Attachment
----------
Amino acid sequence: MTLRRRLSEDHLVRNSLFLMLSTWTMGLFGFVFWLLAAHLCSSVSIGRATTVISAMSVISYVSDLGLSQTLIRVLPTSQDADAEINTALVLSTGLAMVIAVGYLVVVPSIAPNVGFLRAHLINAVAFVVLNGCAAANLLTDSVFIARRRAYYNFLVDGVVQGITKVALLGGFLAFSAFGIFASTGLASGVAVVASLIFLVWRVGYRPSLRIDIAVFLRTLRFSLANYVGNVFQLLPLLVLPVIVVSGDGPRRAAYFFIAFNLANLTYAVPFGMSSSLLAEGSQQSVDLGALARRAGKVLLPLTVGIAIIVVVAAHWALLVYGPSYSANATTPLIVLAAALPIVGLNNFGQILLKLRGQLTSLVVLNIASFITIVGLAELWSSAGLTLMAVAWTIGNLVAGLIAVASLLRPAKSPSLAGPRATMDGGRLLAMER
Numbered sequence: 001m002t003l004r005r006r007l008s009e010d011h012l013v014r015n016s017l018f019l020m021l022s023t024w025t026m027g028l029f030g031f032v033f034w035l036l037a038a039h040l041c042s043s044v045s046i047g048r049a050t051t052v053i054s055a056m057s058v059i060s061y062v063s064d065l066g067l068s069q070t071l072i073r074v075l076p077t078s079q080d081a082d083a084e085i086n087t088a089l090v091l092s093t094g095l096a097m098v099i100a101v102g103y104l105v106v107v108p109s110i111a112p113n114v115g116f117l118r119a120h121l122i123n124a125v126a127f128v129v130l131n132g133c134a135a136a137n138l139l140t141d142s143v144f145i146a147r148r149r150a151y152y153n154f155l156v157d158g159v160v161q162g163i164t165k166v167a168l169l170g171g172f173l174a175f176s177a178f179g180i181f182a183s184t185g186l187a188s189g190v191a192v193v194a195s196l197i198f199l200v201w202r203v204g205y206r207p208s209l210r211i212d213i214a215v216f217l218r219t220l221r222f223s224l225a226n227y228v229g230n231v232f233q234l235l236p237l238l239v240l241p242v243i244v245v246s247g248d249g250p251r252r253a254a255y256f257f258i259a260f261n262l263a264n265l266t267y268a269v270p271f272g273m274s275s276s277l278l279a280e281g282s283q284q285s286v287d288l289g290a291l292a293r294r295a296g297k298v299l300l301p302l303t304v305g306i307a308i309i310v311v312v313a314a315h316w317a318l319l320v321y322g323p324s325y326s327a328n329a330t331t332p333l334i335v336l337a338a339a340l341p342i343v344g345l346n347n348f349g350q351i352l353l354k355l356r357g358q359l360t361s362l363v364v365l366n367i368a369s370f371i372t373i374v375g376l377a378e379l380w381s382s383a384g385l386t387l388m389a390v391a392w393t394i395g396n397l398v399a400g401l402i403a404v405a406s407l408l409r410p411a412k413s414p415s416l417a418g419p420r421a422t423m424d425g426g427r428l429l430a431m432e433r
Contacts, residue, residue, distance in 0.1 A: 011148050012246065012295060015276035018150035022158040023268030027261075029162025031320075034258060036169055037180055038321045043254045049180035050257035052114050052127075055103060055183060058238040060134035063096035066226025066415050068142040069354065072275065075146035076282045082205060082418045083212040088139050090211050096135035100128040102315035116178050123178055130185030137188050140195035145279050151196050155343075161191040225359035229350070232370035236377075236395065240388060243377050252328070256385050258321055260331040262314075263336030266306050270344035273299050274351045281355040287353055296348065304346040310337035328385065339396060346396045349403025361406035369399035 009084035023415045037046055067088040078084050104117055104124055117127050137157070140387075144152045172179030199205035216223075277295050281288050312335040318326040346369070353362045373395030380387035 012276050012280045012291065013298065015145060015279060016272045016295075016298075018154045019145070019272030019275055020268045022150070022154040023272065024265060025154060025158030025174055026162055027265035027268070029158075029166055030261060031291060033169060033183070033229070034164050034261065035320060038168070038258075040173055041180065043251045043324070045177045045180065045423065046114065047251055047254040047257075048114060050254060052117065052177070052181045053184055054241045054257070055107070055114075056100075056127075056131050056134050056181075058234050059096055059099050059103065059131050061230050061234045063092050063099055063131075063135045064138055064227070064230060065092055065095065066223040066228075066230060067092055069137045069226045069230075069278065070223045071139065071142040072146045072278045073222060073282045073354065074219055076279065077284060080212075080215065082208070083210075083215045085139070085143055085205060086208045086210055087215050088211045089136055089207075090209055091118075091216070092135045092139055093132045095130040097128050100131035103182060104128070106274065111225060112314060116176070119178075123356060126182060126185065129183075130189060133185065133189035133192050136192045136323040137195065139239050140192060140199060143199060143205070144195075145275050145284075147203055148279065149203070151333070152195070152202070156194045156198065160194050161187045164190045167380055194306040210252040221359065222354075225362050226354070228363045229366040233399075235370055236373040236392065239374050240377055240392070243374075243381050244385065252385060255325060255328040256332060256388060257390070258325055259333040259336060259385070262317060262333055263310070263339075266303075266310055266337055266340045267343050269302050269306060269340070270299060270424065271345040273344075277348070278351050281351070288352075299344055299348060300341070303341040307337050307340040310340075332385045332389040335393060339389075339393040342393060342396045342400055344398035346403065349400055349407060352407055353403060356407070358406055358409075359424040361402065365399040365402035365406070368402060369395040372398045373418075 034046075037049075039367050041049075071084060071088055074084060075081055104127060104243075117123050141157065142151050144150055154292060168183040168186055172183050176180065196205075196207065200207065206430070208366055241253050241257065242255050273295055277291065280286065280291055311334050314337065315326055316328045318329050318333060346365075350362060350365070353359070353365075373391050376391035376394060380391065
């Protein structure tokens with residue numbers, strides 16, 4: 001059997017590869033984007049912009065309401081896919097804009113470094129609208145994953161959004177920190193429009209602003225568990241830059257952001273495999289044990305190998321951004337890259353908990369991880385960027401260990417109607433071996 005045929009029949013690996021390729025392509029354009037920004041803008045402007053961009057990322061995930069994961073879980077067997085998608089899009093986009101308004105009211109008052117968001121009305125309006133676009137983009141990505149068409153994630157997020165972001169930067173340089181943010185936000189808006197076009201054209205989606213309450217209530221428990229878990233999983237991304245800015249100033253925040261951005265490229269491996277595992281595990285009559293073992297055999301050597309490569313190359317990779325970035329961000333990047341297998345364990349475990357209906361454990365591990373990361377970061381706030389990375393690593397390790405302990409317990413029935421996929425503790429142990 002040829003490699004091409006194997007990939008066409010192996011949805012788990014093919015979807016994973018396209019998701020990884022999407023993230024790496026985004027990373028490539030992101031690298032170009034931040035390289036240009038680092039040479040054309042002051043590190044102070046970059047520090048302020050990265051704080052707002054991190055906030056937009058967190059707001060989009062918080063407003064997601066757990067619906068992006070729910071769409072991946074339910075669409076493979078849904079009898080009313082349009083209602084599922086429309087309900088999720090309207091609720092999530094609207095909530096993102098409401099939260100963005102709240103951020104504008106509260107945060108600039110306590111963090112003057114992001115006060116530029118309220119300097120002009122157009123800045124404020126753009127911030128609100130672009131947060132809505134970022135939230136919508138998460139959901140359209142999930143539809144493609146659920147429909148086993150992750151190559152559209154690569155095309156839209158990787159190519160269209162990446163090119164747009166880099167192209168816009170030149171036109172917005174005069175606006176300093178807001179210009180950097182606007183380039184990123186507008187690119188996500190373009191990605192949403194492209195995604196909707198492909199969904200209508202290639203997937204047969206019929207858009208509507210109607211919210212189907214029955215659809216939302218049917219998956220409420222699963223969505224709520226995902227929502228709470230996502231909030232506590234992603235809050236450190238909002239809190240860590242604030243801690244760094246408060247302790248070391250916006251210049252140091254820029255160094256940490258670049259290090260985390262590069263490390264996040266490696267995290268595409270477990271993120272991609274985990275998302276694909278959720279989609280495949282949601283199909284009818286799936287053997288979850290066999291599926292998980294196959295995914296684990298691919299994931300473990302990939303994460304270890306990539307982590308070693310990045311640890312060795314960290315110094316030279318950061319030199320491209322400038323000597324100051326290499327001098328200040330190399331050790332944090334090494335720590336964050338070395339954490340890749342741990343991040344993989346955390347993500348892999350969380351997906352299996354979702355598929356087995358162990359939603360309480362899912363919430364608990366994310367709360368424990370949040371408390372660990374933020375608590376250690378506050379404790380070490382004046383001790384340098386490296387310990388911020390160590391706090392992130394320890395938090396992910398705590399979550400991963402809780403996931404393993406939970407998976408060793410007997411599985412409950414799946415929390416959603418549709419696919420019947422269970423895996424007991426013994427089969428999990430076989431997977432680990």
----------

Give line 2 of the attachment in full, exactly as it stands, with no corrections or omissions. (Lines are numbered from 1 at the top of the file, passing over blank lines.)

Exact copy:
Numbered sequence: 001m002t003l004r005r006r007l008s009e010d011h012l013v014r015n016s017l018f019l020m021l022s023t024w025t026m027g028l029f030g031f032v033f034w035l036l037a038a039h040l041c042s043s044v045s046i047g048r049a050t051t052v053i054s055a056m057s058v059i060s061y062v063s064d065l066g067l068s069q070t071l072i073r074v075l076p077t078s079q080d081a082d083a084e085i086n087t088a089l090v091l092s093t094g095l096a097m098v099i100a101v102g103y104l105v106v107v108p109s110i111a112p113n114v115g116f117l118r119a120h121l122i123n124a125v126a127f128v129v130l131n132g133c134a135a136a137n138l139l140t141d142s143v144f145i146a147r148r149r150a151y152y153n154f155l156v157d158g159v160v161q162g163i164t165k166v167a168l169l170g171g172f173l174a175f176s177a178f179g180i181f182a183s184t185g186l187a188s189g190v191a192v193v194a195s196l197i198f199l200v201w202r203v204g205y206r207p208s209l210r211i212d213i214a215v216f217l218r219t220l221r222f223s224l225a226n227y228v229g230n231v232f233q234l235l236p237l238l239v240l241p242v243i244v245v246s247g248d249g250p251r252r253a254a255y256f257f258i259a260f261n262l263a264n265l266t267y268a269v270p271f272g273m274s275s276s277l278l279a280e281g282s283q284q285s286v287d288l289g290a291l292a293r294r295a296g297k298v299l300l301p302l303t304v305g306i307a308i309i310v311v312v313a314a315h316w317a318l319l320v321y322g323p324s325y326s327a328n329a330t331t332p333l334i335v336l337a338a339a340l341p342i343v344g345l346n347n348f349g350q351i352l353l354k355l356r357g358q359l360t361s362l363v364v365l366n367i368a369s370f371i372t373i374v375g376l377a378e379l380w381s382s383a384g385l386t387l388m389a390v391a392w393t394i395g396n397l398v399a400g401l402i403a404v405a406s407l408l409r410p411a412k413s414p415s416l417a418g419p420r421a422t423m424d425g426g427r428l429l430a431m432e433r